“Ask Again Later” & Improv

This past Saturday at the Gray Center for Arts and Inquiry, I participated in the “Ask Again Later” LARP with approximately 35 other players, made up of students from both UChicago and DePaul. When entering the gamespace, I did not immediately experience any need to improvise outside of typical interaction, including general facts like name, school affiliation, etc. However, once the storytellers of the game suggested that the players begin to introduce ourselves in character to one another, I recognized a sense of needing to take on a more explicit “yes, and” orientation to interacting with others, particularly given that each player had created their character individually and prior to entering the game space.

In Vicker’s analysis of the yes, and approach, he notes that,  “Resistance (or negativity) is an attitude that says, “I don’t want to be here,” while acceptance (or receptivity) says, “I welcome this experience” (4). In the case of the LARP, I recognized within the first few interactions that by taking on a “yes, and” way of interacting with the other players, I began to form in-play relationships that would be essential to being able to participate in the game experience itself. For example, when one player noted that they worked at the herbal shop, I utilized Vicker’s approach to expand upon that comment by noting that I had appreciated working with their business for the last several years, resulting in a codified and official in-game relationship. I found this particularly interesting as incorporating the “yes, and” stance resulted in both the development of the narrative as well as the cultivation of in-game communities.

I further found this specific instance to harken to Sawyer’s notion of problem-finding, in which the players constantly searched for a multitude of “problems” in the game. In this case, the player who indicated that they worked at the herbal shop did not mention that they needed external suppliers for the shop, nor was it previously determined that the herbal shop would need external partners. However, this opportunity allowed me to contribute to the narrative in a problem-finding sense, resulting in an entirely new dimension of the herbal shop unfolding. Resultantly, I encountered an immersive moment of problem-finding as both a collaborative and emergent experience.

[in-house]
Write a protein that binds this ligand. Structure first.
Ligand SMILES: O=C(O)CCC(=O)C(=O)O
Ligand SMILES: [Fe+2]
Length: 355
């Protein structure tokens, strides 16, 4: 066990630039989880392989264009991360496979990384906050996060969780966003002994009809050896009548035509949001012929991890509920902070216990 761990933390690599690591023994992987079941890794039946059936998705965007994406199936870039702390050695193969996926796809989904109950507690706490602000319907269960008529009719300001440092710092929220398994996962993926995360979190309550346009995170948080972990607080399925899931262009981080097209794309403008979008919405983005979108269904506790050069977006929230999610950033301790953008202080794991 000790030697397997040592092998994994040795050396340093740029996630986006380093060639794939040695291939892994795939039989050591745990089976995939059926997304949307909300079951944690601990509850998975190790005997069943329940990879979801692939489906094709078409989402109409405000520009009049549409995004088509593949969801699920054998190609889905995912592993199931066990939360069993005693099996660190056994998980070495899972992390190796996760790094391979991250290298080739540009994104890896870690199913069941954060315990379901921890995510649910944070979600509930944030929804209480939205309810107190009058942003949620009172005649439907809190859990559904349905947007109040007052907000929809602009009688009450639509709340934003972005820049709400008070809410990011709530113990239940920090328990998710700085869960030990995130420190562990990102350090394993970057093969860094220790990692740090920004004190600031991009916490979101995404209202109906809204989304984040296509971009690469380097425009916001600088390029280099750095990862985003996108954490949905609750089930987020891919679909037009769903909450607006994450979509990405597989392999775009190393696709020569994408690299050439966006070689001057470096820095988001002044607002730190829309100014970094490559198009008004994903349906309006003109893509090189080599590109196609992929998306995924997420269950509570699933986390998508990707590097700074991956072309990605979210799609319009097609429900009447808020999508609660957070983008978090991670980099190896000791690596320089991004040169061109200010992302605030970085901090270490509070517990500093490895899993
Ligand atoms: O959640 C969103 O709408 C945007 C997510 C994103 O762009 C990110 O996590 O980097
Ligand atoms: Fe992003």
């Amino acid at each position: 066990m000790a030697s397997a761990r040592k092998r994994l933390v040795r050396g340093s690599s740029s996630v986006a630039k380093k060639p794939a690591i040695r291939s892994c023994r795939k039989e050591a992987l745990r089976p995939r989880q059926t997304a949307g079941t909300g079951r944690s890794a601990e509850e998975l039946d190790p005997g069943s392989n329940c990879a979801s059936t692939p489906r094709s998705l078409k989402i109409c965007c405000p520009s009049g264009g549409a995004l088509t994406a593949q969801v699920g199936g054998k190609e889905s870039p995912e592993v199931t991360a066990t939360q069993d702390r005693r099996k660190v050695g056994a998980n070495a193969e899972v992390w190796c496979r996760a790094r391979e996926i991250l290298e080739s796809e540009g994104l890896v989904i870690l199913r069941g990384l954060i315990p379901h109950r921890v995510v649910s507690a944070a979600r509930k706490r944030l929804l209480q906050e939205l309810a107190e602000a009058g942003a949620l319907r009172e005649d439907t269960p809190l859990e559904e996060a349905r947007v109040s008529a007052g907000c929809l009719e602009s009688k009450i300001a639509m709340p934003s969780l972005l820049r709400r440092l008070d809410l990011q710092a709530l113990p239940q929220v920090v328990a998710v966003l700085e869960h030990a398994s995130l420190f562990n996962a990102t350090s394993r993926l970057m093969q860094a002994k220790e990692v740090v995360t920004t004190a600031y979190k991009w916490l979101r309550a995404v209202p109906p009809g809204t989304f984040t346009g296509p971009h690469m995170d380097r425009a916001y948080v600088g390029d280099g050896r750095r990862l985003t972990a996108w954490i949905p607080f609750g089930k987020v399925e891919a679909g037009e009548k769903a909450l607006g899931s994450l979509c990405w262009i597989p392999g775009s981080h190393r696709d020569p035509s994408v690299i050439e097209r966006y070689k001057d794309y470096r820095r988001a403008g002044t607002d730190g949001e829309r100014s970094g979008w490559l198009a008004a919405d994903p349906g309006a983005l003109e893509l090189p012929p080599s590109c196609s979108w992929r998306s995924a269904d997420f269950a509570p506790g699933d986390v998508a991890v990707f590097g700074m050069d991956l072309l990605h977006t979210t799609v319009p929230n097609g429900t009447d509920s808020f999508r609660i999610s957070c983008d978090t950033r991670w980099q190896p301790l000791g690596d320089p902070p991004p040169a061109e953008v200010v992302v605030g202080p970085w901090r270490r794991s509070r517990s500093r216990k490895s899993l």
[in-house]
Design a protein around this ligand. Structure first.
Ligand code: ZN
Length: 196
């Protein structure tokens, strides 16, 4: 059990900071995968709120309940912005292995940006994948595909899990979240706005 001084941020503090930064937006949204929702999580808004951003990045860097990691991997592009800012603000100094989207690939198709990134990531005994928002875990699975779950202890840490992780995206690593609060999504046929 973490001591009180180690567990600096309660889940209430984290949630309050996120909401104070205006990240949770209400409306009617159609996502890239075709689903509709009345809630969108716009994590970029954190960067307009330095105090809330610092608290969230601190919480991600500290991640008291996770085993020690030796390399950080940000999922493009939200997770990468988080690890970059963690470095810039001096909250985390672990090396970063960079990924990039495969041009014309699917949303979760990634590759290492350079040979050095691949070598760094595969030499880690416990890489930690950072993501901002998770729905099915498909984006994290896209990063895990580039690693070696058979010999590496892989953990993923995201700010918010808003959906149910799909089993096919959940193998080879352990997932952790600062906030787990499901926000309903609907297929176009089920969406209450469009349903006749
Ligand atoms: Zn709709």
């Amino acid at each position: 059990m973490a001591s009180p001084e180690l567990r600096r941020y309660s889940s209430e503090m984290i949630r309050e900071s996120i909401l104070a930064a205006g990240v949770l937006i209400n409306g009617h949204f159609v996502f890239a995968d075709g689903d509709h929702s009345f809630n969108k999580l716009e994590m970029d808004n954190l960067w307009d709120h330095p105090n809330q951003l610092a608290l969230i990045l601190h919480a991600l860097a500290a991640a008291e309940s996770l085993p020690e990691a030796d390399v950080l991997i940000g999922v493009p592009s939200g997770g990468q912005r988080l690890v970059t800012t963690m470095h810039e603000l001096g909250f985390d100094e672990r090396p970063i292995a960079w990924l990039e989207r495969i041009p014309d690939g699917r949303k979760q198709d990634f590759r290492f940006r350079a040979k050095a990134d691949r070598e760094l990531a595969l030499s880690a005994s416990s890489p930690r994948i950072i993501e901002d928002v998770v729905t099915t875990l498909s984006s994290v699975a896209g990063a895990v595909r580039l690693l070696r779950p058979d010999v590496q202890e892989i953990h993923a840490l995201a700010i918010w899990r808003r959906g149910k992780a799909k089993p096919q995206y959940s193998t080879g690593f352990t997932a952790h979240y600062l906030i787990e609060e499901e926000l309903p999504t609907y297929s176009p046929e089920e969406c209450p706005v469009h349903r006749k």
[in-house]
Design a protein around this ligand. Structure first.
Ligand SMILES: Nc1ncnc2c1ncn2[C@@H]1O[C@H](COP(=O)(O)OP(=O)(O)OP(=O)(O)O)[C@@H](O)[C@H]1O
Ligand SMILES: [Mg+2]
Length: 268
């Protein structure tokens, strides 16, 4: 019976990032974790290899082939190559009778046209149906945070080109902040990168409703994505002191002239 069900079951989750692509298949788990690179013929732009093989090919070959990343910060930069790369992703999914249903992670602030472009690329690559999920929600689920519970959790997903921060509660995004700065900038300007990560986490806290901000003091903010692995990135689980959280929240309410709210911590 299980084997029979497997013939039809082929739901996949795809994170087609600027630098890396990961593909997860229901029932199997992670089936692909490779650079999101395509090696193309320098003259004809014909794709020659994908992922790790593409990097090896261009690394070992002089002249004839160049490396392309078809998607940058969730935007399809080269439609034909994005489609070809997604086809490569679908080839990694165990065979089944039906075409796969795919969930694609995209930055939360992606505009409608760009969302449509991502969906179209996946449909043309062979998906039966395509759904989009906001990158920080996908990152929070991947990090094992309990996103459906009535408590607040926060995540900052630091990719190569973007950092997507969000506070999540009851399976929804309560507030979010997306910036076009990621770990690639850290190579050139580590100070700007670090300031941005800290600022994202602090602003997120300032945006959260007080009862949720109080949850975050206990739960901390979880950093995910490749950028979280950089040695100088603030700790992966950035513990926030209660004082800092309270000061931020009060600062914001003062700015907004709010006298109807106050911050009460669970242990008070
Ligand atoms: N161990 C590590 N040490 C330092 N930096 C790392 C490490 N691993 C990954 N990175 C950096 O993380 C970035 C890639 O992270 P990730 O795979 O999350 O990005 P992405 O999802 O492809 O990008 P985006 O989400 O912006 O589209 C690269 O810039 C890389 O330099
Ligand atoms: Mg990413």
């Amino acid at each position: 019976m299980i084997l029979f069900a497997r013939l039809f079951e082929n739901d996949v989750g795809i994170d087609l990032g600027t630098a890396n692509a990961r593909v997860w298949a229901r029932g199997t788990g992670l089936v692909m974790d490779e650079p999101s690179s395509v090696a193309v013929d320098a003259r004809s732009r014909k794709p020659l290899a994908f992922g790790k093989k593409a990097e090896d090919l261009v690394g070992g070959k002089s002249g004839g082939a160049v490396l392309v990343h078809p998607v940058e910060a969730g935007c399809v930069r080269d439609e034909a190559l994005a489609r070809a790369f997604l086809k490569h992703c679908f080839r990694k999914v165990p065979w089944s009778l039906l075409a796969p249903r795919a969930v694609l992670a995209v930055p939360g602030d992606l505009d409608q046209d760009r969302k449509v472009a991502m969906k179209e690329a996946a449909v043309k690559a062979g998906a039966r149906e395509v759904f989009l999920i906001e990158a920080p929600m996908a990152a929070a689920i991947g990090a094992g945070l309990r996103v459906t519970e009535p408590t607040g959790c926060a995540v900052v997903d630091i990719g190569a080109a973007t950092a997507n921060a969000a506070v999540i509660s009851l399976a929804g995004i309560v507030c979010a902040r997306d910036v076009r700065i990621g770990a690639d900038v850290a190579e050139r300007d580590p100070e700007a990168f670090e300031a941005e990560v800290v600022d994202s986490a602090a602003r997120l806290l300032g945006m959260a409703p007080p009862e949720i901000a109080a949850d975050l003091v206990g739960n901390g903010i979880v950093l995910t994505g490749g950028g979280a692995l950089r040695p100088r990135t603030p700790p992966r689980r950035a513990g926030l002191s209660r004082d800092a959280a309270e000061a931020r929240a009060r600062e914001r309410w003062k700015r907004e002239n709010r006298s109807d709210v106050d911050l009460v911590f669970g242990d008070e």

It is interesting here too to consider Sawyer’s work on the importance of the audience, particularly considering that quotes, “Both Dewey and Collingwood emphasize the collaborations between the artist and their audiences, rather than the collaborations between artists that are the essence of improvisational theater” (156). LARPs appear to be especially interesting in this regard in that, while all players are technically playing the game throughout the game sequence, there is also an aspect of taking on a dual audience-player identity. For example, while embodying my character in her fullness, I simultaneously experienced audience-like moments in which I and other players within my group would observe the happenings of other scenes occurring around us. We (the satanic group) would then often utilize the information or sensations from these scenes (such as the growing fervor of the anti-satanic group) to inform our own decision-making (a more vigorous determination to undercut the anti-satanic group). The storytellers, however, did mention that in other LARPs scenes often take place in different rooms in which this sort of observation does not occur, yet it allowed for an interesting agent-observer duality in this scenario.

Beyond these few examples, the LARP appeared to embody an immersive and necessitated improvisational approach — one which allowed for a great deal of “yes, and” interactions and also benefited from the flexible structure of the storytellers. As a first-time participant, I felt a heightened sense of “yes, and”, problem-finding, and other improvisational moments, especially due to a sense of lacking a larger repertoire of ready-mades for this sort of experience (in contrast to the experience of everyday life). I am interested in how this was experienced by other first-time players as well, particularly in assessing how often and how comfortably these tools were executed.

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